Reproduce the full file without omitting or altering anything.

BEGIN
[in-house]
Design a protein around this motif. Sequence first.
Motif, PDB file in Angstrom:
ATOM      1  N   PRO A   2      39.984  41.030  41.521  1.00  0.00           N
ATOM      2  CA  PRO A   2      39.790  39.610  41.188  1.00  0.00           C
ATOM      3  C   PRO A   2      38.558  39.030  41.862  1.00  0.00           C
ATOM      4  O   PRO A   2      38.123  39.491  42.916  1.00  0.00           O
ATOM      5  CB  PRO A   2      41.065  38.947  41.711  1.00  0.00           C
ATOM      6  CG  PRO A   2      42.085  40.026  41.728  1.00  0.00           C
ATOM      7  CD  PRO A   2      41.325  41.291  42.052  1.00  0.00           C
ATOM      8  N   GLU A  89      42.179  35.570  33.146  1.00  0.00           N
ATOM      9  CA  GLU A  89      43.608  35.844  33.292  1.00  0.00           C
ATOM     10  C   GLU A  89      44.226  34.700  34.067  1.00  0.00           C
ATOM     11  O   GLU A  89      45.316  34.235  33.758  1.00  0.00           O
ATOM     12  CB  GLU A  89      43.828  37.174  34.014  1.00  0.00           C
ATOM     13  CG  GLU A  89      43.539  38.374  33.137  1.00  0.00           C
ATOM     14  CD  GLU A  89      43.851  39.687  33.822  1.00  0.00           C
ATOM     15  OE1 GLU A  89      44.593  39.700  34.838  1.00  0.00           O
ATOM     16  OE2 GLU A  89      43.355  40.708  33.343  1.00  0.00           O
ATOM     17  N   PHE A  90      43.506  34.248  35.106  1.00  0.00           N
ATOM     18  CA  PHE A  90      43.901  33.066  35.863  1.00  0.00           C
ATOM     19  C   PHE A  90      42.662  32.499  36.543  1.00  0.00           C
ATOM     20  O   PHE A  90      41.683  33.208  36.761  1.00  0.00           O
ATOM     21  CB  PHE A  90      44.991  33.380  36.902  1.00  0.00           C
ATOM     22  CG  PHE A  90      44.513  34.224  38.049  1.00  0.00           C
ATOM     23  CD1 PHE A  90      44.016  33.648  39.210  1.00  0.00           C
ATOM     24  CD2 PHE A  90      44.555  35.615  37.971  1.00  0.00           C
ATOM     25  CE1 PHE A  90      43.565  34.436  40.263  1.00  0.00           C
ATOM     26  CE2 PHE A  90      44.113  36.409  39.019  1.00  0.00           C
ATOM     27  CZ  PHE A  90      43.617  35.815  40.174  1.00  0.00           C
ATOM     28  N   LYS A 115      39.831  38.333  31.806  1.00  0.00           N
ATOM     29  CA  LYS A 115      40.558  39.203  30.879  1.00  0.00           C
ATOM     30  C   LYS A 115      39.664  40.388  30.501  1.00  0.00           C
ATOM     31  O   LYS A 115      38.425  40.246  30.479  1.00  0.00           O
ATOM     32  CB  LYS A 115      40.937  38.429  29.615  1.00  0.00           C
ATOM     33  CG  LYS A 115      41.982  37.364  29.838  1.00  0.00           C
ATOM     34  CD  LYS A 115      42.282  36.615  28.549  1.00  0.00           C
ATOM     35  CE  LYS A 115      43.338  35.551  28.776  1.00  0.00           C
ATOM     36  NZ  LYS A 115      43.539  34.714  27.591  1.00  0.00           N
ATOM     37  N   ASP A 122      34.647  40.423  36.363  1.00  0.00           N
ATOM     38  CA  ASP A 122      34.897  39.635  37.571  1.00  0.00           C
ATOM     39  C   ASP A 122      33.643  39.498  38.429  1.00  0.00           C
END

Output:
[in-house]
Design a protein around this motif. Sequence first.
Motif, PDB file in Angstrom:
ATOM      1  N   PRO A   2      39.984  41.030  41.521  1.00  0.00           N
ATOM      2  CA  PRO A   2      39.790  39.610  41.188  1.00  0.00           C
ATOM      3  C   PRO A   2      38.558  39.030  41.862  1.00  0.00           C
ATOM      4  O   PRO A   2      38.123  39.491  42.916  1.00  0.00           O
ATOM      5  CB  PRO A   2      41.065  38.947  41.711  1.00  0.00           C
ATOM      6  CG  PRO A   2      42.085  40.026  41.728  1.00  0.00           C
ATOM      7  CD  PRO A   2      41.325  41.291  42.052  1.00  0.00           C
ATOM      8  N   GLU A  89      42.179  35.570  33.146  1.00  0.00           N
ATOM      9  CA  GLU A  89      43.608  35.844  33.292  1.00  0.00           C
ATOM     10  C   GLU A  89      44.226  34.700  34.067  1.00  0.00           C
ATOM     11  O   GLU A  89      45.316  34.235  33.758  1.00  0.00           O
ATOM     12  CB  GLU A  89      43.828  37.174  34.014  1.00  0.00           C
ATOM     13  CG  GLU A  89      43.539  38.374  33.137  1.00  0.00           C
ATOM     14  CD  GLU A  89      43.851  39.687  33.822  1.00  0.00           C
ATOM     15  OE1 GLU A  89      44.593  39.700  34.838  1.00  0.00           O
ATOM     16  OE2 GLU A  89      43.355  40.708  33.343  1.00  0.00           O
ATOM     17  N   PHE A  90      43.506  34.248  35.106  1.00  0.00           N
ATOM     18  CA  PHE A  90      43.901  33.066  35.863  1.00  0.00           C
ATOM     19  C   PHE A  90      42.662  32.499  36.543  1.00  0.00           C
ATOM     20  O   PHE A  90      41.683  33.208  36.761  1.00  0.00           O
ATOM     21  CB  PHE A  90      44.991  33.380  36.902  1.00  0.00           C
ATOM     22  CG  PHE A  90      44.513  34.224  38.049  1.00  0.00           C
ATOM     23  CD1 PHE A  90      44.016  33.648  39.210  1.00  0.00           C
ATOM     24  CD2 PHE A  90      44.555  35.615  37.971  1.00  0.00           C
ATOM     25  CE1 PHE A  90      43.565  34.436  40.263  1.00  0.00           C
ATOM     26  CE2 PHE A  90      44.113  36.409  39.019  1.00  0.00           C
ATOM     27  CZ  PHE A  90      43.617  35.815  40.174  1.00  0.00           C
ATOM     28  N   LYS A 115      39.831  38.333  31.806  1.00  0.00           N
ATOM     29  CA  LYS A 115      40.558  39.203  30.879  1.00  0.00           C
ATOM     30  C   LYS A 115      39.664  40.388  30.501  1.00  0.00           C
ATOM     31  O   LYS A 115      38.425  40.246  30.479  1.00  0.00           O
ATOM     32  CB  LYS A 115      40.937  38.429  29.615  1.00  0.00           C
ATOM     33  CG  LYS A 115      41.982  37.364  29.838  1.00  0.00           C
ATOM     34  CD  LYS A 115      42.282  36.615  28.549  1.00  0.00           C
ATOM     35  CE  LYS A 115      43.338  35.551  28.776  1.00  0.00           C
ATOM     36  NZ  LYS A 115      43.539  34.714  27.591  1.00  0.00           N
ATOM     37  N   ASP A 122      34.647  40.423  36.363  1.00  0.00           N
ATOM     38  CA  ASP A 122      34.897  39.635  37.571  1.00  0.00           C
ATOM     39  C   ASP A 122      33.643  39.498  38.429  1.00  0.00           C